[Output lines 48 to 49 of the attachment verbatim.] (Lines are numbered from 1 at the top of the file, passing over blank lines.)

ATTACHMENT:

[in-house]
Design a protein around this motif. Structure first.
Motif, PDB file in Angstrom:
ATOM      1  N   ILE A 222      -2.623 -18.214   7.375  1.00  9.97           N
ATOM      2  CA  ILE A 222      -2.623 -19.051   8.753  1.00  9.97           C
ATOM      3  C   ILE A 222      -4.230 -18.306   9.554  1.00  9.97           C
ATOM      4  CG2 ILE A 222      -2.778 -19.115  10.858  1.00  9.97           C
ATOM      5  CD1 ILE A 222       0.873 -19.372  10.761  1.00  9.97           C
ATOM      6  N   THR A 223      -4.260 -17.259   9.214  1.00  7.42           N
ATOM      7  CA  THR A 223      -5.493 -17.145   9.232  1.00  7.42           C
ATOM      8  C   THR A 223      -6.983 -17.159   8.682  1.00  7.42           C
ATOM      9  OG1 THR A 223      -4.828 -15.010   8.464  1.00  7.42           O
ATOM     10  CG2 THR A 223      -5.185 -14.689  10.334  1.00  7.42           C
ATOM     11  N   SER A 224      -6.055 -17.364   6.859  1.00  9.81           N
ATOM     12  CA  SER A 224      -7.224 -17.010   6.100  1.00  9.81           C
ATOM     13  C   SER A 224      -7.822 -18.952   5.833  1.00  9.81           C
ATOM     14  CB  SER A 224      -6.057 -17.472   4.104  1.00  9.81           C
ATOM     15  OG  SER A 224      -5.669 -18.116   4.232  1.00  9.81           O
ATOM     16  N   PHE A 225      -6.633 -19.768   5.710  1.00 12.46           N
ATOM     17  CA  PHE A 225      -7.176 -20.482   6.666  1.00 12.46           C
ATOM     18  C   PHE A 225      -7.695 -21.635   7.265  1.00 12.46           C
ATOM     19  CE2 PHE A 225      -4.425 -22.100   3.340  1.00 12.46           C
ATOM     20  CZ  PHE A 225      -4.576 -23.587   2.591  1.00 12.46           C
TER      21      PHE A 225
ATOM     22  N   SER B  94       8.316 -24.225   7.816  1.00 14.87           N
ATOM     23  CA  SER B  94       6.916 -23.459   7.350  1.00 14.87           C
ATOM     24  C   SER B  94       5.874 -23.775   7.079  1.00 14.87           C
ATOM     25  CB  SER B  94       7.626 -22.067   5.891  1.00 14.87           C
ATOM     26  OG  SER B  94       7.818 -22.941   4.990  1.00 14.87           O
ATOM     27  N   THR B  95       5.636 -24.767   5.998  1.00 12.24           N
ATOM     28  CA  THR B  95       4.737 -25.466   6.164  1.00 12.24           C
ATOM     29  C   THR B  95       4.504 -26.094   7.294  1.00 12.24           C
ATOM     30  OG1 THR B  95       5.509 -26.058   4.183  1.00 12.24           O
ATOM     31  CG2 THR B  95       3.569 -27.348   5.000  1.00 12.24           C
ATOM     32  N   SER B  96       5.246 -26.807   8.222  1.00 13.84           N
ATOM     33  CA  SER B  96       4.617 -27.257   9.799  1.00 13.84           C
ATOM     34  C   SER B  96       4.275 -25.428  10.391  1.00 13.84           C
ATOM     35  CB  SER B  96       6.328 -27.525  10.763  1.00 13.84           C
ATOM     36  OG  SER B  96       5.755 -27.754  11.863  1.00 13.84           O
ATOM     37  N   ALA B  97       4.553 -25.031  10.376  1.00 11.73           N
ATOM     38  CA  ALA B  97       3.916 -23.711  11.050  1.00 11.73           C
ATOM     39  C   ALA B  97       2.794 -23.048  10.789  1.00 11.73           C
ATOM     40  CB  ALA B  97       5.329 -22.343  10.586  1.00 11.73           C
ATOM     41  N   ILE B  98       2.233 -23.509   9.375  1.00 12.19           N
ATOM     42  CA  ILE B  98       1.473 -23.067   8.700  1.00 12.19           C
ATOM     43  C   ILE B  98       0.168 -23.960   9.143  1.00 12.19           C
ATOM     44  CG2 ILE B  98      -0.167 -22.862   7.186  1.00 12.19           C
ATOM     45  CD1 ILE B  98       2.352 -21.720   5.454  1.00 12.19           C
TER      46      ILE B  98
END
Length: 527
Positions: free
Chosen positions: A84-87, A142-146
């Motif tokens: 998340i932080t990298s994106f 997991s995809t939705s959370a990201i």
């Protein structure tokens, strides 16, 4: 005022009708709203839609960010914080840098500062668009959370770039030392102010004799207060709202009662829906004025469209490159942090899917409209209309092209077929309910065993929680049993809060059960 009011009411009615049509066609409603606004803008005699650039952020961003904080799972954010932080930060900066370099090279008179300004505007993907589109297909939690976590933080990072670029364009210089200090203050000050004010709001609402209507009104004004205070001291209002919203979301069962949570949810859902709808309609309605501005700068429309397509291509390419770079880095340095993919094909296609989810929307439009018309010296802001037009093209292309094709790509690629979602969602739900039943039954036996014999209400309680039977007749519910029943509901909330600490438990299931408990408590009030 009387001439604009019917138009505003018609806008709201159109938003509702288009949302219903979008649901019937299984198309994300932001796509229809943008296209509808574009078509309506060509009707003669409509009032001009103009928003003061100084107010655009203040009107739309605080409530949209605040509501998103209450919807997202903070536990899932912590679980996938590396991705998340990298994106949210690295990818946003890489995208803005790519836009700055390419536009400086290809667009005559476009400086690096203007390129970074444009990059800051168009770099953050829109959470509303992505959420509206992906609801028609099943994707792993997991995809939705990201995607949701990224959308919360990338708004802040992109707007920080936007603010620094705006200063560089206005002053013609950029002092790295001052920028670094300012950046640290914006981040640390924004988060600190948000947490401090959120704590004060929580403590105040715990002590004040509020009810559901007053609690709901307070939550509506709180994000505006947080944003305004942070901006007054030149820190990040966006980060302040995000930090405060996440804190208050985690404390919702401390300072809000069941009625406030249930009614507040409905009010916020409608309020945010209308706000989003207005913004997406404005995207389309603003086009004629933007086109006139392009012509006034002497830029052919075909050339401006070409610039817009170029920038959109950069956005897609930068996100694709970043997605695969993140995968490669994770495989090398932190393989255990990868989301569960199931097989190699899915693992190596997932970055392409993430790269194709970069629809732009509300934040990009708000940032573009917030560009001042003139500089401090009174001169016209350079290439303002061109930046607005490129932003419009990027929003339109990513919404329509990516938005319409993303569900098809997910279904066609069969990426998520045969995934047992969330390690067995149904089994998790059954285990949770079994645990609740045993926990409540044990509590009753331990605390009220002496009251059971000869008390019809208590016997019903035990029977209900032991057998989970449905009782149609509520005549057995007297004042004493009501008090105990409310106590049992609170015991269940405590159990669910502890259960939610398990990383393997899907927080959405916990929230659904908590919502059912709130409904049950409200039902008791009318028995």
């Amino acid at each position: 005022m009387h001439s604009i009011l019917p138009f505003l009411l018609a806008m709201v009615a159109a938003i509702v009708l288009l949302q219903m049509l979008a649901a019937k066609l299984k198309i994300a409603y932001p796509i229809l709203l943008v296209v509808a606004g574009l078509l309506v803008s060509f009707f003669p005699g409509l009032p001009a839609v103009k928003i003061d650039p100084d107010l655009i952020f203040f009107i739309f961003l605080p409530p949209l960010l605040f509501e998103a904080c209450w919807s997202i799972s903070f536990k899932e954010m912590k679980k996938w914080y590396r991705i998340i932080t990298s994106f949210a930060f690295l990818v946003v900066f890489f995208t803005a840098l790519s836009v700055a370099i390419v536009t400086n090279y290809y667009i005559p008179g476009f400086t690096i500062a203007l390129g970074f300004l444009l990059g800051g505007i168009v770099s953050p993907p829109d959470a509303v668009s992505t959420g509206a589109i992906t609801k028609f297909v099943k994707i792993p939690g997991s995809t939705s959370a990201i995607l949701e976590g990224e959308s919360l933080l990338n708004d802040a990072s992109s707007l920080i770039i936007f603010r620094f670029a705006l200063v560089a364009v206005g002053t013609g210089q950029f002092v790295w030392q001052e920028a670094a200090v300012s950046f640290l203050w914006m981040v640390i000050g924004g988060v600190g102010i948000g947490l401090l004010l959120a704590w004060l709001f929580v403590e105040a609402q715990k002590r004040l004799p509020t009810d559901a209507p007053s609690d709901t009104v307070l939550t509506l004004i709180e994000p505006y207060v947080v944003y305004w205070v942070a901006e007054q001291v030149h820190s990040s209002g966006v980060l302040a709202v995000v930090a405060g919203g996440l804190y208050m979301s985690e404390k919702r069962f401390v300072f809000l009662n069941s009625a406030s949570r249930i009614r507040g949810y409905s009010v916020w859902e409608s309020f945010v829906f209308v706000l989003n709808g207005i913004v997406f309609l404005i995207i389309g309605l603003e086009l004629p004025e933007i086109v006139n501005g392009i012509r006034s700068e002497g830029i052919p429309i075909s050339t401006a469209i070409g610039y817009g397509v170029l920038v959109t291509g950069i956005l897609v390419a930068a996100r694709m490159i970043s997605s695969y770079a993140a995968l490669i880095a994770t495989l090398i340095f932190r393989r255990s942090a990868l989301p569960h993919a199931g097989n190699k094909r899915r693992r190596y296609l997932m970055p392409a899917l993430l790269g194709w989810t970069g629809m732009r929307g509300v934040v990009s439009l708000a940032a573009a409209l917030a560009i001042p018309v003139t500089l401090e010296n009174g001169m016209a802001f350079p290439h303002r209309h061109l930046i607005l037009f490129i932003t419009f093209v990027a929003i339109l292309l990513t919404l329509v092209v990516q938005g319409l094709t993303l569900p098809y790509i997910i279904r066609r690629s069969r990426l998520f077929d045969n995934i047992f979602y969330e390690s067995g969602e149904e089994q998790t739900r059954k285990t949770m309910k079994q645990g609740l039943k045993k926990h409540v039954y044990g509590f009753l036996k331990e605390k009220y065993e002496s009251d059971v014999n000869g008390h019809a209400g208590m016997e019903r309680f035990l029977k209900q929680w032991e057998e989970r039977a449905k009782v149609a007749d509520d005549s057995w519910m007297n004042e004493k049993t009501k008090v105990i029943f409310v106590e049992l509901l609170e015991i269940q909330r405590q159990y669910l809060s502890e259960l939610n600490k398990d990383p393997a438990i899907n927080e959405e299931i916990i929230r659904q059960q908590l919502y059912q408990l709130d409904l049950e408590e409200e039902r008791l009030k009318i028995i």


ATOM     45  CD1 ILE B  98       2.352 -21.720   5.454  1.00 12.19           C
TER      46      ILE B  98